Does pregnant Meghan Markle need to worry about Zika? Here's what the CDC recommends
The Duke and Duchess of Sussex revealed the pregnancy before their foreign tour.
Meghan Markle and Prince Harry announced their pregnancy this morning as they kicked off a 16-day tour that includes stops in Australia, New Zealand, Fiji and Tonga.
But the trip is raising some concerns as doctors advise that women like Meghan, who is 12 weeks pregnant, should not travel to areas that pose risks of Zika infection.
"In Obstetrics, my advice is always to err on the side of caution," Dr. Jennifer Ashton, ABC News' chief health and medical correspondent, said in a statement to "Good Morning America." "But many decisions that arise during pregnancy are for the pregnant woman, her partner and her OB or midwife to make."
The Zika virus primarily spreads through infected mosquitoes, according to the Centers for Disease Control and Prevention. Zika can also be transmitted through sex without a condom with someone who was infected by the virus, even if that person does not show symptoms of Zika. There is currently no vaccine to prevent or medicine to treat Zika, and it can be passed from a pregnant woman to her fetus. Infection during pregnancy can cause a birth defect called microcephaly and other severe fetal brain defects, according to the CDC.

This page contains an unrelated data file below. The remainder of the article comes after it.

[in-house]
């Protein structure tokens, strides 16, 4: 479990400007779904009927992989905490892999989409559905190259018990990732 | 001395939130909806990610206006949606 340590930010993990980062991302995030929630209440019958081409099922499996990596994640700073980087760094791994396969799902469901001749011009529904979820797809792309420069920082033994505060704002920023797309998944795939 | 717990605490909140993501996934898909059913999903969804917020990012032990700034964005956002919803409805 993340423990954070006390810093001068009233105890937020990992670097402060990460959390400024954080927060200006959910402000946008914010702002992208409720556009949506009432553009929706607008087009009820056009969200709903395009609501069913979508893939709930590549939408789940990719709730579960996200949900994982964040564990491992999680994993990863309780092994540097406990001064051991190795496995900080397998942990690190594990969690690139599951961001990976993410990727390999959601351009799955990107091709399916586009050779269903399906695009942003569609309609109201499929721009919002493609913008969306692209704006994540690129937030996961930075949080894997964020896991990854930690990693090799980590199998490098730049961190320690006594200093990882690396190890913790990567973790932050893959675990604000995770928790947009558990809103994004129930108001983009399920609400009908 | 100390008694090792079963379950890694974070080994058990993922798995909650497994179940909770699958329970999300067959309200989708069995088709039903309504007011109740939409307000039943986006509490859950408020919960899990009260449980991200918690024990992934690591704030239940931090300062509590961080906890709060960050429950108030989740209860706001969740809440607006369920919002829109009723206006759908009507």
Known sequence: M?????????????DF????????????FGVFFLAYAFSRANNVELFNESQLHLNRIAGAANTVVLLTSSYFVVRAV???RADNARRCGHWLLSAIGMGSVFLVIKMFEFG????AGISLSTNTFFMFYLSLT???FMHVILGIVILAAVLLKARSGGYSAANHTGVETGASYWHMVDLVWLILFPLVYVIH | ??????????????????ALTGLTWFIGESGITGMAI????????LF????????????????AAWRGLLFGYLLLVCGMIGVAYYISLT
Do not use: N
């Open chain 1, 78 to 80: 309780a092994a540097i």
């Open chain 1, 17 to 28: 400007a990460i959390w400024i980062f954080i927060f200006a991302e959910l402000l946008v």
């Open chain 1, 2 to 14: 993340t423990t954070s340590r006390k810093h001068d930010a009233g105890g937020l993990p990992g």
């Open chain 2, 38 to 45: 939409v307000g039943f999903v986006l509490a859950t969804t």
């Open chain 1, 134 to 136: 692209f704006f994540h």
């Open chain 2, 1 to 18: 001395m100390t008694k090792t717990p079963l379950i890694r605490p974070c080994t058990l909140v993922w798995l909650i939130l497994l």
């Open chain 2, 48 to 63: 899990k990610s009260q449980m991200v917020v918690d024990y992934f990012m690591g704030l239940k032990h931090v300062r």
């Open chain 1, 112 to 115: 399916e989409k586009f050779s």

Along with other precautions, the CDC recommends against pregnant women traveling to places with documented or likely Zika virus transmission.
Here's more CDC recommendations for protecting yourself against Zika during pregnancy.
What to do if you're travelling or living in an area with risk of Zika
Take steps to prevent mosquito bites.
Take steps to prevent getting Zika through sex (oral, vaginal, or anal) by using condoms from start to finish every time you have sex or by not having sex during your entire pregnancy.
What to do after you travel
Talk to a doctor or other healthcare provider after travel to an area with risk of Zika.
If you develop a fever with a rash, headache, joint pain, red eyes, or muscle pain talk, the CDC says to talk to your doctor immediately and tell him or her about your travel.
Take steps to prevent mosquito bites for three weeks after returning.
Continue taking steps to prevent passing Zika through sex by using condoms, or abstaining from sex.
When to get tested for Zika
The CDC recommends getting tested for Zika if you've traveled to an area with risk of Zika or had sex with a partner who lived in or traveled to one of those areas.
You can search for the CDC's travel recommendations for Zika through their interactive map, which lets you search for location-specific Zika info.
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